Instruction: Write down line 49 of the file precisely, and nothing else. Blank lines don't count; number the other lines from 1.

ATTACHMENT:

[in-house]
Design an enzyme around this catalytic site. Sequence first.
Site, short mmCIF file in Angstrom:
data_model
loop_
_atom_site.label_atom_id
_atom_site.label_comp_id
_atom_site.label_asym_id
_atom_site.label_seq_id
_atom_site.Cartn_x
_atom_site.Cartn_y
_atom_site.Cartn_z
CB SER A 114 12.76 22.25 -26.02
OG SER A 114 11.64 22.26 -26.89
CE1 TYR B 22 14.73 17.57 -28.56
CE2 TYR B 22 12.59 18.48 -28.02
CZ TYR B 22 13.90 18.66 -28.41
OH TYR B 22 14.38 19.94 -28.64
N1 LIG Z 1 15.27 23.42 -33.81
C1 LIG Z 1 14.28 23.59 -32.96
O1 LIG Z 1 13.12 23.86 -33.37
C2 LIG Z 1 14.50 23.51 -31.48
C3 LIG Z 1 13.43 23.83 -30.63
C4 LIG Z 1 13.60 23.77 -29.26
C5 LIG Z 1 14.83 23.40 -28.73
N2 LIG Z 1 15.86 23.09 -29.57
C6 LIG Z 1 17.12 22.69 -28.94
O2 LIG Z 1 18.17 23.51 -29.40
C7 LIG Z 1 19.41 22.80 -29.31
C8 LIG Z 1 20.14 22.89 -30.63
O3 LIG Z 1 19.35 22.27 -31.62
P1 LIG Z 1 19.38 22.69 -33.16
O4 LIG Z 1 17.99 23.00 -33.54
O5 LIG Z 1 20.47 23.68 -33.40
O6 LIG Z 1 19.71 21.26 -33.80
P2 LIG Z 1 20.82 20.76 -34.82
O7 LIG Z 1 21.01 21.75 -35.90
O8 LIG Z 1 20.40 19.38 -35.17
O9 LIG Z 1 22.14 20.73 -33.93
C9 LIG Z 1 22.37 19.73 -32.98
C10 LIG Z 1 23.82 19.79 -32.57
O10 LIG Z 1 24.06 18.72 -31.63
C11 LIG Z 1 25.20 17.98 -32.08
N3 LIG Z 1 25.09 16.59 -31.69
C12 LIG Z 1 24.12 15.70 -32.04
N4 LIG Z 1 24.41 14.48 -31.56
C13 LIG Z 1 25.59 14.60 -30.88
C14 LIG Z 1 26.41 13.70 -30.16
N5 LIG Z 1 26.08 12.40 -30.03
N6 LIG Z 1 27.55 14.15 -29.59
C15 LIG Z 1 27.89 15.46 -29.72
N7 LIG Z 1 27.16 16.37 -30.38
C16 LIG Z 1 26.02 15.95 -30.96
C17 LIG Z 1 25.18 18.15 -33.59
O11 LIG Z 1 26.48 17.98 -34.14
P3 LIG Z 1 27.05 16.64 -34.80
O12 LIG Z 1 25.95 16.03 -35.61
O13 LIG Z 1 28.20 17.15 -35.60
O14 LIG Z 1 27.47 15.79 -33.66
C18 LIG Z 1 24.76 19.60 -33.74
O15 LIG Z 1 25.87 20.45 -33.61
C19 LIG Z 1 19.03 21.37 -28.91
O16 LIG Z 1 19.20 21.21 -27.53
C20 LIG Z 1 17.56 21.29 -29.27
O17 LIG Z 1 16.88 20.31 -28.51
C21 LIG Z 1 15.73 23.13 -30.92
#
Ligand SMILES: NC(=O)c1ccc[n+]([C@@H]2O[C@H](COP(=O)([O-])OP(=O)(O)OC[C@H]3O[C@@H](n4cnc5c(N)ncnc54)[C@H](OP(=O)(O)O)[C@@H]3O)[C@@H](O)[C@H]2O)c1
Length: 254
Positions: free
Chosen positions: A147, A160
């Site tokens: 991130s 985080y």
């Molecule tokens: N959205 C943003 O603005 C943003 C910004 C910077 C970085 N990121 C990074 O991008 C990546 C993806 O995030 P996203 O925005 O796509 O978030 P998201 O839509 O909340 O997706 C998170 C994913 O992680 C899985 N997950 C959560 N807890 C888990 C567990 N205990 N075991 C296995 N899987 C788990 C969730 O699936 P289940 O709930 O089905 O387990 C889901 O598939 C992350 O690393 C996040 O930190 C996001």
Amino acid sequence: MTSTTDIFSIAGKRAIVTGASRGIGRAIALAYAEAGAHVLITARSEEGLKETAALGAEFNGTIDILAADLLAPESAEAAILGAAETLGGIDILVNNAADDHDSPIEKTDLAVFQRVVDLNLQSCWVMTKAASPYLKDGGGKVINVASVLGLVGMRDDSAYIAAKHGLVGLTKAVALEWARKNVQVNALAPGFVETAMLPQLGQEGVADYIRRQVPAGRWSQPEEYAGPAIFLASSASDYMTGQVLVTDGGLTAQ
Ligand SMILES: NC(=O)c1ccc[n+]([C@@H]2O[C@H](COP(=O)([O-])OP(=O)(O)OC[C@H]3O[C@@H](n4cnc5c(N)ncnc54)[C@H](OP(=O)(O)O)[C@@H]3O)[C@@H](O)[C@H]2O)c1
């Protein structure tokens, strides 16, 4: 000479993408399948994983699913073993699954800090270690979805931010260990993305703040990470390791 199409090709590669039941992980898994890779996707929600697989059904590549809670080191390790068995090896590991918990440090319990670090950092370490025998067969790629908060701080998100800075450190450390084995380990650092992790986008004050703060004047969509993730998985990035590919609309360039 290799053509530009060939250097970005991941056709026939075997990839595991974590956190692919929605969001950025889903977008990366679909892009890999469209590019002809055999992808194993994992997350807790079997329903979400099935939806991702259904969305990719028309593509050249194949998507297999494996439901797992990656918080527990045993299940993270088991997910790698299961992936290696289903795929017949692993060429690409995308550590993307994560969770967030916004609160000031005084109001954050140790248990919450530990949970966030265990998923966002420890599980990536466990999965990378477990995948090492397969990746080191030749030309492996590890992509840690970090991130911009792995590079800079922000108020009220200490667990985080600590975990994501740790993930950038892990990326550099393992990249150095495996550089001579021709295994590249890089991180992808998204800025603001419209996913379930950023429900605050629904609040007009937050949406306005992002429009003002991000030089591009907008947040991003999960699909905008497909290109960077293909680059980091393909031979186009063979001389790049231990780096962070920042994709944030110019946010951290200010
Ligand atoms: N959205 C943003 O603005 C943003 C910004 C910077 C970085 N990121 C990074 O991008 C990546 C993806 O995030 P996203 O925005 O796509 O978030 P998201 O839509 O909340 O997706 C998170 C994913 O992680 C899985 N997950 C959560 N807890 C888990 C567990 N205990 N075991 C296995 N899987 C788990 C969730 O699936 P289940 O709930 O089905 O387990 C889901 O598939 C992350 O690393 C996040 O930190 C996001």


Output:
N5 LIG Z 1 26.08 12.40 -30.03